Mrs. Lesmontagnes is a very neat housekeeper,—more orderly than I should be,—but as yet I see no looking-glass, nor a bit of carpet in the house, not even the rag carpet often used in my native land. To-day I see her eating a slice of bread with a bit of cheese, a little old, as she says, —un peu passé. I remark to Pierre that she might be willing to allow herself a little luxury, but he says that she will not. However, she has one small one,-her pinch of snuff. She does most of her cooking upon the hearth, the chimney being much like our ancient ones, but not enclosed below, so there are no chimney corners. This morning Nerva, the lean hunting-dog, is warming himself, lying almost in the ashes, for the weather is cool enough. In the chimney-place a strong chain hangs down, to which the pot is hung, and other pots stand around the small fire. To prepare my breakfast coffee Mrs. L. makes a little charcoal fire in one of the shallow grates of a range, which has five such. They buy charcoal. In the winter they live in her sleeping-room, which has an ancient tile floor, two beds, and a little stove.
AROUND my room are hanging some simple engravings and drawings. One is a stiff, dandified individual,—if I may use the phrase,-who wears a sash, but no orders; his right hand rests upon his hip, and his left holds an open scroll,-"Constitution of 1848." It is Louis Napoleon Bonaparte, President of the French Republic, born at Paris in 1808. He had quite a history before and after he was forty. What are the politics of this family of Lesmontagnes, once Bonapartist, now republican? I remember how one of my Irish friends has told of the caution which young men who are friends, and desire to remain so, must use in his native land when one of them is Protestant and the other Catholic, and how they must never discuss politics nor religion; and, as I desire to remain friendly with the people here, I wish to try and do the same. I am sincerely glad to have obtained this place, which suits me admirably. These people impress me as very truthful.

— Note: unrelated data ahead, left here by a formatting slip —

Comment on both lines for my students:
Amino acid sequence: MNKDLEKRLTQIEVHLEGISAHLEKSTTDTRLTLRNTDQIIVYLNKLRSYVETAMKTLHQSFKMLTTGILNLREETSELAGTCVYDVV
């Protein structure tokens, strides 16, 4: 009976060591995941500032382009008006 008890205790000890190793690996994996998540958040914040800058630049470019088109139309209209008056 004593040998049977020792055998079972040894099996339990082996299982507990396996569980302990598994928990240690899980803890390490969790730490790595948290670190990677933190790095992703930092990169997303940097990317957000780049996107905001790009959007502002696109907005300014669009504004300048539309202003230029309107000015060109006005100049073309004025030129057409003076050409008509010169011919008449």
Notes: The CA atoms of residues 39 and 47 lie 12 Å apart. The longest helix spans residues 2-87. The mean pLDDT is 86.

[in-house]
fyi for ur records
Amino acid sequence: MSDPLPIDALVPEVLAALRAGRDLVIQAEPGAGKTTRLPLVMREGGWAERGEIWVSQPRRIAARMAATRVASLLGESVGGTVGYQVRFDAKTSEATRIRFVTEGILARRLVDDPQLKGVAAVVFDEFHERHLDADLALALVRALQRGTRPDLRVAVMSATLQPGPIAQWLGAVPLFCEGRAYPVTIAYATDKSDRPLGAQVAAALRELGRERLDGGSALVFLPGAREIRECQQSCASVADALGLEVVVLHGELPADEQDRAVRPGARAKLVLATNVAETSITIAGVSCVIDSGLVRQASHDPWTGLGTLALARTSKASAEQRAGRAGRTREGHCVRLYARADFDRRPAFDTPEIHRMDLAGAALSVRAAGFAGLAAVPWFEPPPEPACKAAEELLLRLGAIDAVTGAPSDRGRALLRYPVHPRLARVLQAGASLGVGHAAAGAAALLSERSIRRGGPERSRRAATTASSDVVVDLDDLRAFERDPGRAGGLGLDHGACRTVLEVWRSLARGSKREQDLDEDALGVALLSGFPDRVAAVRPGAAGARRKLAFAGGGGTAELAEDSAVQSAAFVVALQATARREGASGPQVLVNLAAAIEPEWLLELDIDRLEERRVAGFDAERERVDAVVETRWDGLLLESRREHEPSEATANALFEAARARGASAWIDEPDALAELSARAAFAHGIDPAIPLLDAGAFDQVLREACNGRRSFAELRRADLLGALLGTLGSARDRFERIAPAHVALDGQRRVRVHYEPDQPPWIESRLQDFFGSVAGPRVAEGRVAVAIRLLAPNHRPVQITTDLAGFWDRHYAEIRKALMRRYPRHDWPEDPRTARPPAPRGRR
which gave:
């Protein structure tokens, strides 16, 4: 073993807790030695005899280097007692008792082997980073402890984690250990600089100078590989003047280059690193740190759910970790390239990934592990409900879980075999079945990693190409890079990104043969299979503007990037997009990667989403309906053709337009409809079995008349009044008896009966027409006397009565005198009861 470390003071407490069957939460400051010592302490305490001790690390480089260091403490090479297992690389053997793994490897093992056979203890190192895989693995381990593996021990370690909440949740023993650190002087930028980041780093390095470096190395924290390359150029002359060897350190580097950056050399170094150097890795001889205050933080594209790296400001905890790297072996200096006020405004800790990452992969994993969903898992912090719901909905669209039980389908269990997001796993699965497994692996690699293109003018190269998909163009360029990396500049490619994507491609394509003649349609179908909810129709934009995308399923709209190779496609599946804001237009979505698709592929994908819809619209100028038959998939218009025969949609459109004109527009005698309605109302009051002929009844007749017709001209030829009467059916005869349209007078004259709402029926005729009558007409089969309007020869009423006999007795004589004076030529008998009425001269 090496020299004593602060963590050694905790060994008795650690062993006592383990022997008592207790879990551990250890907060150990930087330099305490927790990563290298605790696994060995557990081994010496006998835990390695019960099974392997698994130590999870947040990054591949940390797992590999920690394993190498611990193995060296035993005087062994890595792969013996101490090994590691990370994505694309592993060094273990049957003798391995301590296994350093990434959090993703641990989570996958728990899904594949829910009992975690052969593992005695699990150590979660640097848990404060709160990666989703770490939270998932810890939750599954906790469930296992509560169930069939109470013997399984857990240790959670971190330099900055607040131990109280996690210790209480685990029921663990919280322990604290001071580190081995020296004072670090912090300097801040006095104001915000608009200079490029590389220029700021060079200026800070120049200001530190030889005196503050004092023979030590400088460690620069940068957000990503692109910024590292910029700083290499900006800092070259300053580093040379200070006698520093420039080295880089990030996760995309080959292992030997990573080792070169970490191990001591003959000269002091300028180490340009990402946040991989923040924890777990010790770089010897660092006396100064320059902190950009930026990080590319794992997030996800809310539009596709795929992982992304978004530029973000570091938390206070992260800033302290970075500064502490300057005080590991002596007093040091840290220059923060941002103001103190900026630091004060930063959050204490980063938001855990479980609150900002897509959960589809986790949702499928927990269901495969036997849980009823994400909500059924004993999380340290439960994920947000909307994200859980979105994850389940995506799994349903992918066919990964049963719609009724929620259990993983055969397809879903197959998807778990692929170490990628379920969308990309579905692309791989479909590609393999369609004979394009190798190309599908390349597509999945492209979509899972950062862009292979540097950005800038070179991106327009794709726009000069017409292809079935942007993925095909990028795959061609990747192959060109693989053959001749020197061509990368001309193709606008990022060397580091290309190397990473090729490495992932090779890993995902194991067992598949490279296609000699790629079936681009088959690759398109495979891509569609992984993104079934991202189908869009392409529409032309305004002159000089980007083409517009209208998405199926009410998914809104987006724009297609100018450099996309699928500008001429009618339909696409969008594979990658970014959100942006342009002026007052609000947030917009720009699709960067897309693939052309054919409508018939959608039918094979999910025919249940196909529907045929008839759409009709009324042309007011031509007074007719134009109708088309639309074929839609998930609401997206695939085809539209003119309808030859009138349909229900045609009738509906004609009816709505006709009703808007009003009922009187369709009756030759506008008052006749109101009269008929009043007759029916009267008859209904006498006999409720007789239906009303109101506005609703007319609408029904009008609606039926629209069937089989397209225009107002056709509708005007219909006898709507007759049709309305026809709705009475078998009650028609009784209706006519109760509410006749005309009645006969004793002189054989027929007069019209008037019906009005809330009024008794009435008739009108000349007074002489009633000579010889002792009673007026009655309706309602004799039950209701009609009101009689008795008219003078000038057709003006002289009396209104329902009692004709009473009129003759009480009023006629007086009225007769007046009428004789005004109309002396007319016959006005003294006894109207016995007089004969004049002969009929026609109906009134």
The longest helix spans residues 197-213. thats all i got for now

I go into the chapel to-day. It stands in one corner of the garden, and the floor is level with the ground, or nearly so. The walls are painted with Scripture scenes,-old paintings retouched, and not elegant. There is, too, an ornamented altar or shrine; and in the window, a fragmentary inscription tells that a young branch of the family of De Chambre made and caused to paint this chapel in 1693.
To-day I say something to madame about my being able to see myself in one of her pots, and this permits me to bring up the subject of a glass. She tells me that she has
a large one and will let me see it. Behold, it is an ancient one in her room, about fifteen inches by two feet in size, having a narrow gilt frame, and set in the woodwork of the chimney-piece or partition. Madame lends me for my room a very small one, which I have unless some one else wants it.
On our walk yesterday we picked up a few of the edible snails, and Mrs. L. is so good as to fry them for me. I may safely say that they do not equal fried oysters. They are tough. In the spring-time you can gather a basketful along the lanes, beneath the vineyards, and among the vines and under the cabbages, for they love cabbage much.
This afternoon we have a delightful walk, climbing a hill near the house, whence we can see a number of villages and the town of R., where I left the railroad. On our way to the hill we find a little party from the village out tasting the country." One says that they are keeping up the fête of last Sunday and Monday. They have at least one bottle in their basket. Among them is a young man, who, as Pierre tells me, is from Paris, and is at home for the fête. He is coachman, Pierre adds, in a family where his father and mother were before him; and I can judge whether it is a rich family when the mangers are of marble and the stop-cocks of silver!
Climbing the hill, we come to a region of small pines,— a spot never cultivated. Close by are quantities of ferns, intermingled with the purple foxglove, which grows wild and fine. When partly up the hill we hear singing, and Pierre tells me that it is a shepherdess; and there she is near the top, with a pair of goats and several cows and calves. She has her knitting, and is very clean and tidy, except that her sack has a few cherry-stains. She has been up here since three or four in the afternoon, and is to stay